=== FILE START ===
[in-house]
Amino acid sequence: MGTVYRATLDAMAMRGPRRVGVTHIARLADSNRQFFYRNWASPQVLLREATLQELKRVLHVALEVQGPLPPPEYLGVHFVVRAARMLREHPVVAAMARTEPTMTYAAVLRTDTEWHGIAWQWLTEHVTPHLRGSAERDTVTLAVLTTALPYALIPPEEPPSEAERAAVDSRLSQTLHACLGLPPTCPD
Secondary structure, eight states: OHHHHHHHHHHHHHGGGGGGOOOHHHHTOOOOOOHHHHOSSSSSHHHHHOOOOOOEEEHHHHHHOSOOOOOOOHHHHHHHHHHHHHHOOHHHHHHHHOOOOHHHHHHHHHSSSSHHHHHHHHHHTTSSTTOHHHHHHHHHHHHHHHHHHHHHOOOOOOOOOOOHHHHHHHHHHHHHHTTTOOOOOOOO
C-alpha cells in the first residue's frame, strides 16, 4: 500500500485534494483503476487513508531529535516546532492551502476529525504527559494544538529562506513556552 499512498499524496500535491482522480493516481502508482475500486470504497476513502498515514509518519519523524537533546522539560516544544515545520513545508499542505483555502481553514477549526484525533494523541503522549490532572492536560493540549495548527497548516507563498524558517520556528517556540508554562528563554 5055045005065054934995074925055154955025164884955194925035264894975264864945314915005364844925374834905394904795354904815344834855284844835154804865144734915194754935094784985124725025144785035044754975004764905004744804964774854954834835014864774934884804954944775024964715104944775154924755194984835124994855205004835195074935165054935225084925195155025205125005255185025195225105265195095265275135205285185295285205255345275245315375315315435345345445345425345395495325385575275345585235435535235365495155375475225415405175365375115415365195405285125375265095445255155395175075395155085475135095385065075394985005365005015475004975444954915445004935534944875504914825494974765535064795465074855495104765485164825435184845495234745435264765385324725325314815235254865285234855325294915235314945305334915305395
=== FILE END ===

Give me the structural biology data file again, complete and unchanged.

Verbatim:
[in-house]
Amino acid sequence: MGTVYRATLDAMAMRGPRRVGVTHIARLADSNRQFFYRNWASPQVLLREATLQELKRVLHVALEVQGPLPPPEYLGVHFVVRAARMLREHPVVAAMARTEPTMTYAAVLRTDTEWHGIAWQWLTEHVTPHLRGSAERDTVTLAVLTTALPYALIPPEEPPSEAERAAVDSRLSQTLHACLGLPPTCPD
Secondary structure, eight states: OHHHHHHHHHHHHHGGGGGGOOOHHHHTOOOOOOHHHHOSSSSSHHHHHOOOOOOEEEHHHHHHOSOOOOOOOHHHHHHHHHHHHHHOOHHHHHHHHOOOOHHHHHHHHHSSSSHHHHHHHHHHTTSSTTOHHHHHHHHHHHHHHHHHHHHHOOOOOOOOOOOHHHHHHHHHHHHHHTTTOOOOOOOO
C-alpha cells in the first residue's frame, strides 16, 4: 500500500485534494483503476487513508531529535516546532492551502476529525504527559494544538529562506513556552 499512498499524496500535491482522480493516481502508482475500486470504497476513502498515514509518519519523524537533546522539560516544544515545520513545508499542505483555502481553514477549526484525533494523541503522549490532572492536560493540549495548527497548516507563498524558517520556528517556540508554562528563554 5055045005065054934995074925055154955025164884955194925035264894975264864945314915005364844925374834905394904795354904815344834855284844835154804865144734915194754935094784985124725025144785035044754975004764905004744804964774854954834835014864774934884804954944775024964715104944775154924755194984835124994855205004835195074935165054935225084925195155025205125005255185025195225105265195095265275135205285185295285205255345275245315375315315435345345445345425345395495325385575275345585235435535235365495155375475225415405175365375115415365195405285125375265095445255155395175075395155085475135095385065075394985005365005015475004975444954915445004935534944875504914825494974765535064795465074855495104765485164825435184845495234745435264765385324725325314815235254865285234855325294915235314945305334915305395